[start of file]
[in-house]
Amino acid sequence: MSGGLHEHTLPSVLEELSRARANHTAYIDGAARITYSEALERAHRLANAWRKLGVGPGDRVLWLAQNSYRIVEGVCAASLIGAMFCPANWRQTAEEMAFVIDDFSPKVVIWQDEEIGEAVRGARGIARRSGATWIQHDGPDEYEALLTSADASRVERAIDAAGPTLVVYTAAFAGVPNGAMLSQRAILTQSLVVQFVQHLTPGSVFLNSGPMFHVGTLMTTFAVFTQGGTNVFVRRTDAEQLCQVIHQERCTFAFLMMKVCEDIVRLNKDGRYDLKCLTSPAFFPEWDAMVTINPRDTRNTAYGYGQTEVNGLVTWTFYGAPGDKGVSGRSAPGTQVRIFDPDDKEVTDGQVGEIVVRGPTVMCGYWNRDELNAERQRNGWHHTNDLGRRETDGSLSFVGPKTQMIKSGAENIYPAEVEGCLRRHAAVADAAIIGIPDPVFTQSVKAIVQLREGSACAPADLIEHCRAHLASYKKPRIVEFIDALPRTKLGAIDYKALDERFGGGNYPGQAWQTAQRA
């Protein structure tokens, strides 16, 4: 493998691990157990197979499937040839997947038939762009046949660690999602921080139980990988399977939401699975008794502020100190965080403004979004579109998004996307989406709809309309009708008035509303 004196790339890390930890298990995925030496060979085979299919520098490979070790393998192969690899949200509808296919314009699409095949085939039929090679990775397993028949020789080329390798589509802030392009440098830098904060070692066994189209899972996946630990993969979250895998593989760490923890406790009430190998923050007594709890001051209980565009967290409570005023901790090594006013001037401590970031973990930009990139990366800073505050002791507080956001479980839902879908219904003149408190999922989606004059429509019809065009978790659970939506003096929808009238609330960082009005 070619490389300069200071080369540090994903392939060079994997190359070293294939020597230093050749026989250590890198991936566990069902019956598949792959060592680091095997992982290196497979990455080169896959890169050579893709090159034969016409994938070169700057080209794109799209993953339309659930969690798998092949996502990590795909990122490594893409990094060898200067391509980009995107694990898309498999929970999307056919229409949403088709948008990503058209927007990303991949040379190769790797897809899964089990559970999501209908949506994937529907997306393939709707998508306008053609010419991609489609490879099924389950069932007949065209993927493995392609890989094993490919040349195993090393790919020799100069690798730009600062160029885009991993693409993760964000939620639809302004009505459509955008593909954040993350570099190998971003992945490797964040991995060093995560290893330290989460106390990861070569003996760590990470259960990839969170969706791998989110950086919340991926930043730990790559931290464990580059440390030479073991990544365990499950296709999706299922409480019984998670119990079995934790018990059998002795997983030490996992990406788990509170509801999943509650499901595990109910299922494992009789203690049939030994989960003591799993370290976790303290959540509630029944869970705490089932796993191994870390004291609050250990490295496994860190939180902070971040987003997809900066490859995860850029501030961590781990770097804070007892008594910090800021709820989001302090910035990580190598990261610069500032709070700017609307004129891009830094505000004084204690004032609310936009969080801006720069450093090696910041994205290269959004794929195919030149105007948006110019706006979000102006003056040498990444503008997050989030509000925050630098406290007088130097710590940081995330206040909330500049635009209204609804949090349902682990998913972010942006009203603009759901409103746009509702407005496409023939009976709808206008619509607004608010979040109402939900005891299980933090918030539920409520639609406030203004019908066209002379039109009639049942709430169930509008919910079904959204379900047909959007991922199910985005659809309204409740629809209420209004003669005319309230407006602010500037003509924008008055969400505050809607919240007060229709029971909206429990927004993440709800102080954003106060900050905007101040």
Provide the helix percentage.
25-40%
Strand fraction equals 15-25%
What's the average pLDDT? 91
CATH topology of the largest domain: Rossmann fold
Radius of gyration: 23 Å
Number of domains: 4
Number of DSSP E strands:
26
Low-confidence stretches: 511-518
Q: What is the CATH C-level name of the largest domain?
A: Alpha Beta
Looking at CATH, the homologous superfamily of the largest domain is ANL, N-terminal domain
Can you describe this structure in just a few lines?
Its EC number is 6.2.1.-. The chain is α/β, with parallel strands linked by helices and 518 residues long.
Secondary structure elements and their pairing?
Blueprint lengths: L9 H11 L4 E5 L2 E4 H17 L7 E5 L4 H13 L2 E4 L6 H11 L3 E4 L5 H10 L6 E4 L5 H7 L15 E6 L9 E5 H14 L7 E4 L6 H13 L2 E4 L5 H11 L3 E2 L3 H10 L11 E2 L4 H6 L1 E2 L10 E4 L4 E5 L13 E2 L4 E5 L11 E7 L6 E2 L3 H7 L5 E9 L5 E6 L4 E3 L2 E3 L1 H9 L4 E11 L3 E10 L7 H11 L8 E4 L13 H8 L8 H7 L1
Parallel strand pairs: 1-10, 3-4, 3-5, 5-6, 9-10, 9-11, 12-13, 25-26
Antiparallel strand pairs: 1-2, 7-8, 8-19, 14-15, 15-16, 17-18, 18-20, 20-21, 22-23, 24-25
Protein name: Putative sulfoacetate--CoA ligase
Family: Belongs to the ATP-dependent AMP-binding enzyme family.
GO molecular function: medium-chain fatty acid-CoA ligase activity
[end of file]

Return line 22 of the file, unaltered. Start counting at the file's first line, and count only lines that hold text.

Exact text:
Antiparallel strand pairs: 1-2, 7-8, 8-19, 14-15, 15-16, 17-18, 18-20, 20-21, 22-23, 24-25